Unidentified artist, detail, Calle Amargura 65, early 19th c., fresco or semi-fresco[?]
Aponte and the Possibilities of Art
by LINDA RODRÍGUEZ
The loss of Aponte’s “Book of Paintings” felt like a weight. Its absence seemed to limit what we could know of him as an artist. How did he use color? What was his approach to composing each of his pages? Did figures overlap for some kind of textural effect?
Aponte tells us, though, exactly what kind of artist he was. On the first day of his testimony about the “Book of Paintings,” a Spanish judicial official asked him if the book was indeed his work. Aponte’s response reads almost like a declaration of his artistic intent. “Not being a painter, he bought different prints and paintings to take from them, or from used fans, that which fulfilled his idea.”
Aponte introduced a completely innovative method of aesthetic creation that transformed fragments into a whole. He considered his audience to be, yes, the Spanish king, but also networks of enslaved and free people of color in Havana.
In colonial Havana, Aponte placed a new vision of an African diaspora in the hands of those who held and viewed his book.
For all who saw his book, Aponte’s novel technique matched the revolutionary content of its pages, in which he visualized black militia members like his grandfather Joaquín Aponte along with black princes and queens in faraway and historic lands like Ethiopia.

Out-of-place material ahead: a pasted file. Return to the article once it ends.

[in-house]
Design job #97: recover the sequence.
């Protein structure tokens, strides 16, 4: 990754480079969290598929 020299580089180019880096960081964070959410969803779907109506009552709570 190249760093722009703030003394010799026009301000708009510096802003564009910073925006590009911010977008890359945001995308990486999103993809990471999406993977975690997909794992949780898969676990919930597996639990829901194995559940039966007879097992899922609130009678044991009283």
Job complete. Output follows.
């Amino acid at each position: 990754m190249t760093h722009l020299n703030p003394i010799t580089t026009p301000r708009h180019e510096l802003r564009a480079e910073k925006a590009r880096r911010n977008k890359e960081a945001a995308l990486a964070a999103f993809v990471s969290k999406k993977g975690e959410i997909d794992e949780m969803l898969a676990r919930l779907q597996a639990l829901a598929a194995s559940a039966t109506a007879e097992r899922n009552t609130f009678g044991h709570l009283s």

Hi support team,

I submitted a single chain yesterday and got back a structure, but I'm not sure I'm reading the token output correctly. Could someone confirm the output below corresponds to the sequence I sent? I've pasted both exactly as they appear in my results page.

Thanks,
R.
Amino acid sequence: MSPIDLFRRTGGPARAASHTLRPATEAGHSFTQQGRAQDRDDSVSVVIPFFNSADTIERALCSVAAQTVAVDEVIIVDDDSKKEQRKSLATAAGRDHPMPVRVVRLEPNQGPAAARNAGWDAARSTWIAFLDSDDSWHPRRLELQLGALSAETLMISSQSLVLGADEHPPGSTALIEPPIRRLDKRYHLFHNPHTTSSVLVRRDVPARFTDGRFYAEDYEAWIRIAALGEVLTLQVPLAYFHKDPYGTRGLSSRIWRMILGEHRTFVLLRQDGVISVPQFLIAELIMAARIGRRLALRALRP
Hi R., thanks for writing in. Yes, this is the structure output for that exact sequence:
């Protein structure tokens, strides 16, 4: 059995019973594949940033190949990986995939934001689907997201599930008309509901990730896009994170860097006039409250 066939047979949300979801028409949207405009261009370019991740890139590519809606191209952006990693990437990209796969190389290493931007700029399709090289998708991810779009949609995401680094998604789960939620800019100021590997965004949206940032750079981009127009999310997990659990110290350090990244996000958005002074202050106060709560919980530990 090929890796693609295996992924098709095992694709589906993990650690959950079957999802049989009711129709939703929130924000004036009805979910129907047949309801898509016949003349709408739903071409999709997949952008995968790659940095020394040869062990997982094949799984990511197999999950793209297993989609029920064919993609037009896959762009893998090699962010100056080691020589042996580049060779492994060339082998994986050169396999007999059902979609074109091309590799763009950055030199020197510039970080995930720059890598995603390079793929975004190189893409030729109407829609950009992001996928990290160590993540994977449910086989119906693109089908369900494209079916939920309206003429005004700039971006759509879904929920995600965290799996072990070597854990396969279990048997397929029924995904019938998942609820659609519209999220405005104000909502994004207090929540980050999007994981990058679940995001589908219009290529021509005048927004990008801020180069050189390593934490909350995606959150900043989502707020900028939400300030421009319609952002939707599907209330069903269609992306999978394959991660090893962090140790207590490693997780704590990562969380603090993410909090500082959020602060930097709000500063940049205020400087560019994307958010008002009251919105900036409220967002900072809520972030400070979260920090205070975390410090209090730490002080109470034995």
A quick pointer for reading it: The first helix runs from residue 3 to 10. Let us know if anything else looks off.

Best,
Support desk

In colonial Havana, Aponte placed a new vision of an African diaspora in the hands of those who held and viewed his book. Aponte’s actions as an artist suggest a need to invent, to move beyond known models of artistic practice and aesthetic form.
That spirit has triumphed over loss as new imaginings of his “Book of Paintings” emerge in this exhibit, centuries later. Aponte’s legacy reverberates in our contemporary world and asks us to imagine the possibilities of art in advancing freedom for all. Indeed, Aponte’s legacy demands that we recognize artists as central to that goal.
Linda Rodríguez is Visiting Scholar at the Center for Latin American and Caribbean Studies at NYU. An art historian, she is lead scholar on the digital humanities website Digital Aponte and writes about Aponte and other artists of color in colonial Havana.